SOURCE: University of Michigan, news release, Sept. 30, 2015
WEDNESDAY, Sept. 30, 2015 (HealthDay News) -- People with depression who show improvement when taking fake drugs get the greatest benefit from real medications, a new study finds.
It appears that patients who can use their brain's own chemical forces to fight depression get more benefit when taking antidepressants than those who lack that ability, the University of Michigan Medical School researchers found.
"We need to find out how to enhance the natural resiliency that some people appear to have," said research team leader Dr. Jon-Kar Zubieta, a former Michigan faculty member who is now at the University of Utah.
The findings could help explain why responses to medications vary among depression patients and help lead to new treatments, he and his colleagues said.
For the study, 35 people with untreated major depression were told they were receiving a new depression drug before receiving existing depression drugs. But the first drug was actually a placebo, or fake medication.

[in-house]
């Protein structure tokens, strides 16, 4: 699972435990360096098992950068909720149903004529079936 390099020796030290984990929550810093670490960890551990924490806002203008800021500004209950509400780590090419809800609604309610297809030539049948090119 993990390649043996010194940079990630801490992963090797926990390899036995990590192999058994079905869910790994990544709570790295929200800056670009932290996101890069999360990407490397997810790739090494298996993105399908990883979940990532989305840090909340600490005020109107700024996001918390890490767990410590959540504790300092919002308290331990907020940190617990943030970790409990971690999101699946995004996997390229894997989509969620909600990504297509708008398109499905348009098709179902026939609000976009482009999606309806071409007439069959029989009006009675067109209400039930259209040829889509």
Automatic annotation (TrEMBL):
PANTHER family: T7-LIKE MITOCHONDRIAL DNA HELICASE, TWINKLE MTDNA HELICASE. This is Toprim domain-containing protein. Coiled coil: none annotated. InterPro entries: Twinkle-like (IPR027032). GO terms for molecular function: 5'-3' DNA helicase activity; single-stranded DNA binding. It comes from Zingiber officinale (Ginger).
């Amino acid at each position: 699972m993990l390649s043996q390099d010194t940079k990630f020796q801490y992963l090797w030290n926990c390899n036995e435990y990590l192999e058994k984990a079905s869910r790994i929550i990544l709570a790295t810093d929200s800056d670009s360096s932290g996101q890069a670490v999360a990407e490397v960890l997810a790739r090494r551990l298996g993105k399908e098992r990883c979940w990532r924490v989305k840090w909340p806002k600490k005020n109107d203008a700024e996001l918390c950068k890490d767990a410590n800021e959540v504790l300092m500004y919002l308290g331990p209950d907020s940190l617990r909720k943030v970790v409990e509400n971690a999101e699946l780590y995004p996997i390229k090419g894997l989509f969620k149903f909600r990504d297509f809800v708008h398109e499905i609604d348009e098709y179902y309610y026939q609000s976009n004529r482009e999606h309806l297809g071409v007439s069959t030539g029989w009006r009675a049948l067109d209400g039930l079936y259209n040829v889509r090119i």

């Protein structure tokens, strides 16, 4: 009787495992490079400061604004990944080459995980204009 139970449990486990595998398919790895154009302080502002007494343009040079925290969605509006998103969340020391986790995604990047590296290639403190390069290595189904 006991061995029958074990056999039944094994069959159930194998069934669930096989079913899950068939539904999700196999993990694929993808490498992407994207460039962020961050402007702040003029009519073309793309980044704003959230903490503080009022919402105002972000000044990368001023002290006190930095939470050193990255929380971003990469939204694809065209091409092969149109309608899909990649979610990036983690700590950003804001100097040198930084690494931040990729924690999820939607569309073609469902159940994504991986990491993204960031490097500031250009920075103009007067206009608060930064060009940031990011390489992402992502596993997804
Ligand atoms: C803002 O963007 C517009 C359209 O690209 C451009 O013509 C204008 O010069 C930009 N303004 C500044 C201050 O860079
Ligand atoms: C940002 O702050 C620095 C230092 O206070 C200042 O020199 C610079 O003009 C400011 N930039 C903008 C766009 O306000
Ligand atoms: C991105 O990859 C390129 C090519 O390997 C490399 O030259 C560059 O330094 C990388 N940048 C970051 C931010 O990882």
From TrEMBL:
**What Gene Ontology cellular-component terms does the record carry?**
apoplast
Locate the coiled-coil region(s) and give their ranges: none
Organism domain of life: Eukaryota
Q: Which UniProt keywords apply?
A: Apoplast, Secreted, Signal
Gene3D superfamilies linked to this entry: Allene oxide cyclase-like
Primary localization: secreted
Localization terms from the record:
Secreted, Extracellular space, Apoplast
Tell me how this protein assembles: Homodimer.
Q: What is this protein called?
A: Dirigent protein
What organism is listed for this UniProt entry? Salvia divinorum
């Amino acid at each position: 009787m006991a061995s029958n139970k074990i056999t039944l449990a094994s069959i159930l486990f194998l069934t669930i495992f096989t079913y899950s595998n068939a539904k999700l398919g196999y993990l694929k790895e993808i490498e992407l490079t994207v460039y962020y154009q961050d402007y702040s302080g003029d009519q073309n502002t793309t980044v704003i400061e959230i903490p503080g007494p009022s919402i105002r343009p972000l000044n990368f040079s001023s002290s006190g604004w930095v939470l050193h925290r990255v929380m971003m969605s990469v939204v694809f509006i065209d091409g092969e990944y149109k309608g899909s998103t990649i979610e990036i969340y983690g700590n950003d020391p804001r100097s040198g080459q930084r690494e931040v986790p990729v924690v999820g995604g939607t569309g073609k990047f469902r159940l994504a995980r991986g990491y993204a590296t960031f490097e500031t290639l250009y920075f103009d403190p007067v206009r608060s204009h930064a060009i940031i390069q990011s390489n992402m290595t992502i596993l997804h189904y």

Patients who had the most improvement when taking the placebo showed the strongest response in brain regions involved in emotion and depression. These patients were also more likely to have fewer depression symptoms when they took the real drug.
The study was published online Sept. 30 in the journal JAMA Psychiatry.
The results provide objective evidence that the brain's own opioid system responds to both antidepressants and placebos, and that variation in this response is associated with variation in symptom relief, said first author Dr. Marta Pecina, a research assistant professor in Michigan's department of psychiatry.
"This finding gives us a biomarker for treatment response in depression -- an objective way to measure neurochemical compounds involved in response," she said in a university news release. "We can envision that by enhancing placebo effects, we might be able to develop faster-acting or better antidepressants."
Zubieta said the study results suggest that some people are more responsive to the intention to treat their depression. They "may do better if psychotherapies or cognitive therapies that enhance the clinician-patient relationship are incorporated into their care as well as antidepressant medications," he said in the news release.
The "placebo effect" noted in the study came not only from patients' belief that they were receiving a real drug, Zubieta said, but also from simply being in a treatment environment.
The U.S. National Institute of Mental Health has more about depression.